The results of a lot of fancy statistical models comparing states show that:

the imprisonment rate is positively and significantly associated with the total infant mortality rate, the black infant mortality rate, and the black-white gap in the infant mortality rate.

It’s an impressive article on an important subject, one that thankfully is attracting more attention from good scholars.

I previously reported on Wildeman’s work on how the drug war affect families, here.


Filed under Research reports

Warning: What do smokers Google?

If I ran the Federal scary anti-smoking image warning program, I might show smokers the list of health-related terms that show up most in the states with the highest cigarette smoking rates.

The Google Correlate tool is showing the great potential for using Internet search activity to investigate layers of behavior and meaning behind other observable social phenomena, such as race/ethnic composition, health behavior, and family patterns. Today’s example is smoking.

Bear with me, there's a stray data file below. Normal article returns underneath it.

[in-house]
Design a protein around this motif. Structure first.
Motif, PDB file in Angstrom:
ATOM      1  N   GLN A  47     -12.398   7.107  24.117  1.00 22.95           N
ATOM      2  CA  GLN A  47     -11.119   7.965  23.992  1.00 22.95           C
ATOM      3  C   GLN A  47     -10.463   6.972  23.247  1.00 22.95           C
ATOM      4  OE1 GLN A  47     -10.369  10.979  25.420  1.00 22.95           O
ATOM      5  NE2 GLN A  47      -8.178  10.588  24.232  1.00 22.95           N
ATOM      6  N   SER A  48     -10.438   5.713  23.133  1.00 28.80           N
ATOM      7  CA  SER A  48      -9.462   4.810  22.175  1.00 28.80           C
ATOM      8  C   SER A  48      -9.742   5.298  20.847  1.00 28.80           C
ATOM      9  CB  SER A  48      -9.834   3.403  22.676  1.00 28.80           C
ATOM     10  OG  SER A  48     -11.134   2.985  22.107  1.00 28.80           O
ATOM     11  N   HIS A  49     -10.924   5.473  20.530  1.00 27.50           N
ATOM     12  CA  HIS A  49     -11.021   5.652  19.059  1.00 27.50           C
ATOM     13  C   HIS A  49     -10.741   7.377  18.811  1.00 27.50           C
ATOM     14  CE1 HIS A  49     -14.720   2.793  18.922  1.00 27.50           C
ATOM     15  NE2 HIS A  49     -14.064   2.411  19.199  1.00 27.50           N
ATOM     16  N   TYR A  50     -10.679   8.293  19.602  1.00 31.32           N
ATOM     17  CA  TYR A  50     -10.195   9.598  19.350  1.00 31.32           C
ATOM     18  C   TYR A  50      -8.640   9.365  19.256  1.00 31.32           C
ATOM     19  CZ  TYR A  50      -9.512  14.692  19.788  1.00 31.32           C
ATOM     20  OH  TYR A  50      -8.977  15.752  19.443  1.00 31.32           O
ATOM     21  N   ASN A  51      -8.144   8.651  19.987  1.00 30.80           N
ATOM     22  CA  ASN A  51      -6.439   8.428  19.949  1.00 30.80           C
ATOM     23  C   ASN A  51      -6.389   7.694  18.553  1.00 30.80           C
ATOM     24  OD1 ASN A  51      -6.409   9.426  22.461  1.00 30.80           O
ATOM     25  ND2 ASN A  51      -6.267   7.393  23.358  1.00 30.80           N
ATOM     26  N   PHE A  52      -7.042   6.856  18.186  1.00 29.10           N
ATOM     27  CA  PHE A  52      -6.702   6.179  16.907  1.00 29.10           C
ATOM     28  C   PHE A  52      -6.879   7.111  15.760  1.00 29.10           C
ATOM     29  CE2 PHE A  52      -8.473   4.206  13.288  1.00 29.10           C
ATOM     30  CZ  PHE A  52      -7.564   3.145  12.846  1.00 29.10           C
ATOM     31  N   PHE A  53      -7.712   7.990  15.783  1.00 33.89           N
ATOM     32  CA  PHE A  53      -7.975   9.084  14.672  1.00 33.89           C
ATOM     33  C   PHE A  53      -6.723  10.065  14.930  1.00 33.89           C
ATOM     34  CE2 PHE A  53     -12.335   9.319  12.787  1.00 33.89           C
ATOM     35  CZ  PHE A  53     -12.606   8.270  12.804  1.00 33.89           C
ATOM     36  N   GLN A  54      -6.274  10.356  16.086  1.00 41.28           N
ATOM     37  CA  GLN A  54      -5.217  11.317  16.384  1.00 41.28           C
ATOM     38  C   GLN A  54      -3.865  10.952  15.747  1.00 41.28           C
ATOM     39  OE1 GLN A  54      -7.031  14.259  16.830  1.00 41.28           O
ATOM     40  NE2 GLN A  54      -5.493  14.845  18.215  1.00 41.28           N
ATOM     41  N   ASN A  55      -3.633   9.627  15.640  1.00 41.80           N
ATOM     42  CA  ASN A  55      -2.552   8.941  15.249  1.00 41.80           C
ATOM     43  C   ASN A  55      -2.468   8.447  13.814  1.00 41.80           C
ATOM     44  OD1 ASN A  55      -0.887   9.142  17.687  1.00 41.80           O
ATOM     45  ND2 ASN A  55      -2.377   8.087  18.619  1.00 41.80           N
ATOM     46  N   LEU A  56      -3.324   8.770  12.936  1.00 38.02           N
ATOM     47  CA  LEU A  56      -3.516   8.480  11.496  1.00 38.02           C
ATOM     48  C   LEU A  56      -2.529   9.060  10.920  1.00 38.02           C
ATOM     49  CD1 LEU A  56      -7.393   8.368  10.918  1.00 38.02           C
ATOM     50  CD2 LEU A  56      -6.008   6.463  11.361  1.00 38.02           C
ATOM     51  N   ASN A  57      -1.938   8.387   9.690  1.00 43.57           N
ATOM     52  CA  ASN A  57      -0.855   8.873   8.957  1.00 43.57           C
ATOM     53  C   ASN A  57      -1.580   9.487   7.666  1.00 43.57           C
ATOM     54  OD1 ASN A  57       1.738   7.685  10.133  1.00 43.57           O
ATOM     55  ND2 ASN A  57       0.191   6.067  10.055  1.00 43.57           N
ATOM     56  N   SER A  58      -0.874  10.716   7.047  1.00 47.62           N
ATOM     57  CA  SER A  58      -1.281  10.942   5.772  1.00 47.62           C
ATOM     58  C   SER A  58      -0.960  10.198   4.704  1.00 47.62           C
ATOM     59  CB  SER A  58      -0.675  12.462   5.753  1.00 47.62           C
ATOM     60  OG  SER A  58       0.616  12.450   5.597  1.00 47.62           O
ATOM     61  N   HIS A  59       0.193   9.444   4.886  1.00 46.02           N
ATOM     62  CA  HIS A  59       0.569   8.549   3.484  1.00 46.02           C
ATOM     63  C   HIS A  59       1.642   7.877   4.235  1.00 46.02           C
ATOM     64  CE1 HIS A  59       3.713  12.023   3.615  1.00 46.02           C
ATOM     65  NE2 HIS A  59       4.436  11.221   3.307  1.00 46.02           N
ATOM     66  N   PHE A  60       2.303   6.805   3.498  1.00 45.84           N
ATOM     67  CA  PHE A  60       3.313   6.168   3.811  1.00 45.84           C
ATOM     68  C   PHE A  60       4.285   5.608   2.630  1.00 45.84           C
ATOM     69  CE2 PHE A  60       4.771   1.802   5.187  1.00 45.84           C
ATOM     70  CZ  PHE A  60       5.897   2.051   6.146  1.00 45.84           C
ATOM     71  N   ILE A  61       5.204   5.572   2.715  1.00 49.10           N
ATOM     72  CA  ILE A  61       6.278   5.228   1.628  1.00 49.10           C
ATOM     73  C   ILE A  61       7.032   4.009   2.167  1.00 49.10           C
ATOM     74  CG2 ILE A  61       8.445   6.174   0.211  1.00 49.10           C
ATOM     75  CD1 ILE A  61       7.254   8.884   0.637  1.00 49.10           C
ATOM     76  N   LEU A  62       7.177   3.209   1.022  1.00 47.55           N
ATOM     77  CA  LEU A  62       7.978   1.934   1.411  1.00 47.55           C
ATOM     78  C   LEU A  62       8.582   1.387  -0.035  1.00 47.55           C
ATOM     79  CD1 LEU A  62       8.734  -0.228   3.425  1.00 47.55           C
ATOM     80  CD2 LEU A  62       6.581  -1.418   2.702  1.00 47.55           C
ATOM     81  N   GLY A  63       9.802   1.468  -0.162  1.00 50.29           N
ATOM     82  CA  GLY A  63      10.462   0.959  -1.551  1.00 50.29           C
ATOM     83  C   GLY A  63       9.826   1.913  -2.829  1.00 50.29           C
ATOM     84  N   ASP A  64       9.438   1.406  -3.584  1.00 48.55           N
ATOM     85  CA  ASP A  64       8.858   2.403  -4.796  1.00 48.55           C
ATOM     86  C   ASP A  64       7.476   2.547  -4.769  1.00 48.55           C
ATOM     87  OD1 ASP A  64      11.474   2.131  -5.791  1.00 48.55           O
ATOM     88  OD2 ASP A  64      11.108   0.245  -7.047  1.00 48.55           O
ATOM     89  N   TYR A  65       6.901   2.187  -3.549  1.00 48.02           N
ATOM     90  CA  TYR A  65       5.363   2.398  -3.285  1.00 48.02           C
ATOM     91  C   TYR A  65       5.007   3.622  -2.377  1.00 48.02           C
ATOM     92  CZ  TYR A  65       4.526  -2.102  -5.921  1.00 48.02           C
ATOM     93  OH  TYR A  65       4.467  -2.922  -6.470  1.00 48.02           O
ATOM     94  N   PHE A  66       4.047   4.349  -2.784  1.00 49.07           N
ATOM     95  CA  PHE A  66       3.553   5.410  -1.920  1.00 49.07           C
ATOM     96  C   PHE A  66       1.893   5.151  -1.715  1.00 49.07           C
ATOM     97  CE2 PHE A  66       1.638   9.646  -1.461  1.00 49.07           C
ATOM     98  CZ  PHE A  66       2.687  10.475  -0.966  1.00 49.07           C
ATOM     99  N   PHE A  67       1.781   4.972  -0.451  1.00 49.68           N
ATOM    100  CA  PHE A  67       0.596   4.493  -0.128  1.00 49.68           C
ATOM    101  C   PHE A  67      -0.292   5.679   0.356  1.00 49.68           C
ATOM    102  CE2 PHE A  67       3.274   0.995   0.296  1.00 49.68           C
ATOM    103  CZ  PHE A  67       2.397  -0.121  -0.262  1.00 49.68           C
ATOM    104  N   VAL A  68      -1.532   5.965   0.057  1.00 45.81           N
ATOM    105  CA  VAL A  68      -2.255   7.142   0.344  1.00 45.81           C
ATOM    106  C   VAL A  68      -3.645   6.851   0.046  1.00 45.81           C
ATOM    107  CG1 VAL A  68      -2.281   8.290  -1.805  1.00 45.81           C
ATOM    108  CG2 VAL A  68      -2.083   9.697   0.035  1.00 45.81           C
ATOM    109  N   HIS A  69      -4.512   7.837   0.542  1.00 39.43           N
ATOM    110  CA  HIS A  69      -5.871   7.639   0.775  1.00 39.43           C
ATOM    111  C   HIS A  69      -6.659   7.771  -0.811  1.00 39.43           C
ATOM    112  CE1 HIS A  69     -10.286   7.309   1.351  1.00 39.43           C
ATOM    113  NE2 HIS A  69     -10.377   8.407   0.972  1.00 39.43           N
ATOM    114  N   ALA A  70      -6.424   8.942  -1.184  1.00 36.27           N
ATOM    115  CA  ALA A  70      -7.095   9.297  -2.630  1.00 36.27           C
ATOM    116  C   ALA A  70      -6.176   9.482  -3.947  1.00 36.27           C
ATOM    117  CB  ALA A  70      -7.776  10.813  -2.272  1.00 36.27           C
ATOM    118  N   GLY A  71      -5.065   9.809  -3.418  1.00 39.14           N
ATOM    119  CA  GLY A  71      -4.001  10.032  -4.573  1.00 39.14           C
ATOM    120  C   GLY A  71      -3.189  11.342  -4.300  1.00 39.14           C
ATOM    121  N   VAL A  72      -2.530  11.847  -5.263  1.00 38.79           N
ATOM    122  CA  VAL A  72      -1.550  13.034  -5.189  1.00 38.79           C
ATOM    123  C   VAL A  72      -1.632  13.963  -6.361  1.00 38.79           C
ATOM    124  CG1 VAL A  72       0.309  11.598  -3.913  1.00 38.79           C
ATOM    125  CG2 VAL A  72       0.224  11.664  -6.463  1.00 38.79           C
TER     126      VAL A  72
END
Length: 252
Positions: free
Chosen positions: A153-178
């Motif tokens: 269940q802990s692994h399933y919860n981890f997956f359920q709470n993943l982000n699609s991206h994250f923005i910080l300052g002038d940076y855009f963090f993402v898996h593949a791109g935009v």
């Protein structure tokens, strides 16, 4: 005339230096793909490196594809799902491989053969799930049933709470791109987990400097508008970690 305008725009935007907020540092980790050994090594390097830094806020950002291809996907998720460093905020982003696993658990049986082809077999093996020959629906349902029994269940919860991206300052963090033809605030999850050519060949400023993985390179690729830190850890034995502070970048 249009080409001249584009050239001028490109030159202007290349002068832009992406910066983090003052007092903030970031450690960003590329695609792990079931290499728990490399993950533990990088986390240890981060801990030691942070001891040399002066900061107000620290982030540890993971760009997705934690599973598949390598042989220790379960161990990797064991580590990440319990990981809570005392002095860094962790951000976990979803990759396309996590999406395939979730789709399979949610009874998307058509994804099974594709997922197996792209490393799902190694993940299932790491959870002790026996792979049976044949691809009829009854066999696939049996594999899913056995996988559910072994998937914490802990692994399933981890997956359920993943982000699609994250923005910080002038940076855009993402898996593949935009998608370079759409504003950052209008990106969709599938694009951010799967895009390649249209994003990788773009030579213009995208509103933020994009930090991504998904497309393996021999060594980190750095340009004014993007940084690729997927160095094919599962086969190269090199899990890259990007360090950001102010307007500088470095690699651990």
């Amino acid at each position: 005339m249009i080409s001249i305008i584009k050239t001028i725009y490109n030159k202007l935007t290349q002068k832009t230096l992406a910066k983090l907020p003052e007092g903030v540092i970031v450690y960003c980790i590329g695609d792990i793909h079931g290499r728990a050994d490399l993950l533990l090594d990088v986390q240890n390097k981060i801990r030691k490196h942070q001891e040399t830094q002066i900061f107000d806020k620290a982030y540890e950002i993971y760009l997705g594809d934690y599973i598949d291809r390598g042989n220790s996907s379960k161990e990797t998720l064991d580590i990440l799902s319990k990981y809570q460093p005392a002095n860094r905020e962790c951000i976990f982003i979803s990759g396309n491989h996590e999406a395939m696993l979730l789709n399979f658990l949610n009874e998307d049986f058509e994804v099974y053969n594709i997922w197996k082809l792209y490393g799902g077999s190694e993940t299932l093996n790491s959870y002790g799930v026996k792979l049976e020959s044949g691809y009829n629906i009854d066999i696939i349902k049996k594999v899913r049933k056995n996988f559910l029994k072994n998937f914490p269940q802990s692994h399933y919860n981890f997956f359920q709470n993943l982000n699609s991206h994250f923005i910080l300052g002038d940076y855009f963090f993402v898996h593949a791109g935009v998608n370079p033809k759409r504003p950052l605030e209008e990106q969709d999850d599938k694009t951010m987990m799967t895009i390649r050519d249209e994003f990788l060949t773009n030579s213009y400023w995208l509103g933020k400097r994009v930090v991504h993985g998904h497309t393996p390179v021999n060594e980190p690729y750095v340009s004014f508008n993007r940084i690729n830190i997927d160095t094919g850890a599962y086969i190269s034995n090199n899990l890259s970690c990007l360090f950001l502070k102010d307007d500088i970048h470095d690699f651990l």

If you take the smoking rates by state, and throw them into the Google Correlate hopper, you can see the 100 search terms that are most highly correlated with that reported smoking behavior. That is, the terms that are most likely to be used in high-smoking states and least likely to be used in the low-smoking states.

Is the result just a lot of noise? Maybe, but I don’t think so. Here are the smoking-related terms in the top 100:

  • camel no 9
  • cigarette coupon
  • cigarette coupons
  • marlboro coupons
  • my time to quit
  • safe cigarettes
  • stopping smoking
  • time to quit
  • fire safe cigarettes
  • ways to stop smoking

So that’s good for face validity — a list of random search terms isn’t likely to have all those smoking terms on it.

But after the smoking terms, the thing that jumps out is the health-related terms. We know from the Google flu tracker that people search for their symptoms. So these caught my eye.